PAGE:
Leah became a close collaborator of the Rothenberg Lab after defending her PhD, which was conducted in the Zimmermann Lab in the Division of Allergy and Immunology at Cincinnati Children's. She is helping to unravel the genetic profile of patients with eosinophilic disorders and has a joint faculty appointment with the Divisions of Rheumatology and of Allergy and Immunology. Leah develops a short list of variants that are most statistically likely to be causal before starting biological or functional analysis and then predicts and confirms biological phenotypes that are affected by the risk variants.

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Jonathan KuhlJonathan Kuhl
Clinical Research Coordinator III

Prior to joining the Cincinnati Center for Eosinophilic Disorders (CCED), Jonathan received his BS in biology with a minor in chemistry from Xavier University. He is responsible for collecting samples and enrolling patients for the Cincinnati Center for Eosinophilic Disorders (CCED), which is directed by Marc E. Rothenberg, MD, PhD.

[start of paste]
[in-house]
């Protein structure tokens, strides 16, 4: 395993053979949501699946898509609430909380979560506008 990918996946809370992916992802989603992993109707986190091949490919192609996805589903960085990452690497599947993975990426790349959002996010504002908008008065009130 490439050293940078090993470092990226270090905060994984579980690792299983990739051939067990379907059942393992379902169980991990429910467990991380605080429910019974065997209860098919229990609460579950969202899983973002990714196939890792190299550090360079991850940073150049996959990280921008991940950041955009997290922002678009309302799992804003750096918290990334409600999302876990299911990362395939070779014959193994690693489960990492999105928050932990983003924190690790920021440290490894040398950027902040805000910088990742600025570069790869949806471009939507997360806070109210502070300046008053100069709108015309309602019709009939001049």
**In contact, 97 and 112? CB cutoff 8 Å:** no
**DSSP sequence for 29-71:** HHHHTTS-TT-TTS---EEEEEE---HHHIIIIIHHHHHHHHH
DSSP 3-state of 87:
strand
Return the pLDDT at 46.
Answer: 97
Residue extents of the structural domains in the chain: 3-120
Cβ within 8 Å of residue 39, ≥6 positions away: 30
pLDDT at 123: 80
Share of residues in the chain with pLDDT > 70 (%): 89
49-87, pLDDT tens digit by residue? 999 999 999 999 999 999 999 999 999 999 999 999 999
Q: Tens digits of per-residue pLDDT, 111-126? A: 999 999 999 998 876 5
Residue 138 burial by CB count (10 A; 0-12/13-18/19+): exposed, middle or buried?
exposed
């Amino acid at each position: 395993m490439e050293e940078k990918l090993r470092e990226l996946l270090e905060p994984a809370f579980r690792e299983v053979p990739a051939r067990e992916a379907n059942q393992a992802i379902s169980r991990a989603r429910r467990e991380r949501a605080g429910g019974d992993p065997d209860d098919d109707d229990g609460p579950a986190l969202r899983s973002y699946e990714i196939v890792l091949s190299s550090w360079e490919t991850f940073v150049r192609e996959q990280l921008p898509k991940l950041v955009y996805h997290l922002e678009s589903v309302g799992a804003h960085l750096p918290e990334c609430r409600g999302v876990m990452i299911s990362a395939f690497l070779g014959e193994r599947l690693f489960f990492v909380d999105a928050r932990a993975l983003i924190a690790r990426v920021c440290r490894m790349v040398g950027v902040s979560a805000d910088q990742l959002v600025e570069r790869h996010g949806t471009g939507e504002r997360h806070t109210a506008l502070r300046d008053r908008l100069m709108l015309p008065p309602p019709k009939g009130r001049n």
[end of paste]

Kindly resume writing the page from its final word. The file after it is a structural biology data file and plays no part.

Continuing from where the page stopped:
Vincent Mukkada, MDVincent Mukkada, MD
Assistant Professor, UC Department of Pediatrics

Vince is an established collaborator of the Rothenberg Lab and member of the Cincinnati Center for Eosinophilic Disorders (CCED) team, directed by Marc E. Rothenberg, MD, PhD. Vince received his BA from the University of Pennsylvania and his MD from the University of Cincinnati. He then completed his residency at Brown University and a fellowship in pediatric gastroenterology at the University of Colorado School of Medicine. After an additional year as a research scholar with Dr. Glenn Furuta in Denver, Vince directed an eosinophilic disease program in Providence, Rhode Island prior to coming to Cincinnati Children’s. Vince’s clinical interests are focused on eosinophilic disease and pediatric feeding disorders, and he sees many of the CCED patients clinically. His research interests are focused on clinical trials, dietary therapy, and new diagnostic methods in eosinophilic disease.

Carina Venter, PhD, RDCarina Venter, PhD, RD
Research Associate